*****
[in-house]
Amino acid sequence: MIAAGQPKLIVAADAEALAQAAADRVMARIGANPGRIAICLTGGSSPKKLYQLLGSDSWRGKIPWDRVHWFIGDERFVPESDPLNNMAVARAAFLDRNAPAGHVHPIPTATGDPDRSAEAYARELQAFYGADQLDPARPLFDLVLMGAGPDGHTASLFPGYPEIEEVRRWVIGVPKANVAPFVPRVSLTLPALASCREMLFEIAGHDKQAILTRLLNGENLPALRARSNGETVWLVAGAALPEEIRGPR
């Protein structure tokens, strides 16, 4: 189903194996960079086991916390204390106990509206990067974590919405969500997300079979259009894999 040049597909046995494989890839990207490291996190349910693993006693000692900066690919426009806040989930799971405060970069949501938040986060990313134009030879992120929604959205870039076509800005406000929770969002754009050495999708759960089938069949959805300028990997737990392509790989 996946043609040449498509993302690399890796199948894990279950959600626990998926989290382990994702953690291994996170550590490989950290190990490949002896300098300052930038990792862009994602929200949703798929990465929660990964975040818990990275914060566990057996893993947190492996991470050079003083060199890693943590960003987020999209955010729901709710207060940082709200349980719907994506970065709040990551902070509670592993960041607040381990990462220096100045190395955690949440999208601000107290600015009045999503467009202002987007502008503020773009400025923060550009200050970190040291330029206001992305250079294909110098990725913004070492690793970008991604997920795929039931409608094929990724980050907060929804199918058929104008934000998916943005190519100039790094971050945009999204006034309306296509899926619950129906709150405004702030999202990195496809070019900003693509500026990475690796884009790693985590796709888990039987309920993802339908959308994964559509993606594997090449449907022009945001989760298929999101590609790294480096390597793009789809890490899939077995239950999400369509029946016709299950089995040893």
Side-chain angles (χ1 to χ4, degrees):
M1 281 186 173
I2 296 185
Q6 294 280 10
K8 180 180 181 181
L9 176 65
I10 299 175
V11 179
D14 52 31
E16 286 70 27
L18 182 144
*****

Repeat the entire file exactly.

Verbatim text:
[in-house]
Amino acid sequence: MIAAGQPKLIVAADAEALAQAAADRVMARIGANPGRIAICLTGGSSPKKLYQLLGSDSWRGKIPWDRVHWFIGDERFVPESDPLNNMAVARAAFLDRNAPAGHVHPIPTATGDPDRSAEAYARELQAFYGADQLDPARPLFDLVLMGAGPDGHTASLFPGYPEIEEVRRWVIGVPKANVAPFVPRVSLTLPALASCREMLFEIAGHDKQAILTRLLNGENLPALRARSNGETVWLVAGAALPEEIRGPR
């Protein structure tokens, strides 16, 4: 189903194996960079086991916390204390106990509206990067974590919405969500997300079979259009894999 040049597909046995494989890839990207490291996190349910693993006693000692900066690919426009806040989930799971405060970069949501938040986060990313134009030879992120929604959205870039076509800005406000929770969002754009050495999708759960089938069949959805300028990997737990392509790989 996946043609040449498509993302690399890796199948894990279950959600626990998926989290382990994702953690291994996170550590490989950290190990490949002896300098300052930038990792862009994602929200949703798929990465929660990964975040818990990275914060566990057996893993947190492996991470050079003083060199890693943590960003987020999209955010729901709710207060940082709200349980719907994506970065709040990551902070509670592993960041607040381990990462220096100045190395955690949440999208601000107290600015009045999503467009202002987007502008503020773009400025923060550009200050970190040291330029206001992305250079294909110098990725913004070492690793970008991604997920795929039931409608094929990724980050907060929804199918058929104008934000998916943005190519100039790094971050945009999204006034309306296509899926619950129906709150405004702030999202990195496809070019900003693509500026990475690796884009790693985590796709888990039987309920993802339908959308994964559509993606594997090449449907022009945001989760298929999101590609790294480096390597793009789809890490899939077995239950999400369509029946016709299950089995040893």
Side-chain angles (χ1 to χ4, degrees):
M1 281 186 173
I2 296 185
Q6 294 280 10
K8 180 180 181 181
L9 176 65
I10 299 175
V11 179
D14 52 31
E16 286 70 27
L18 182 144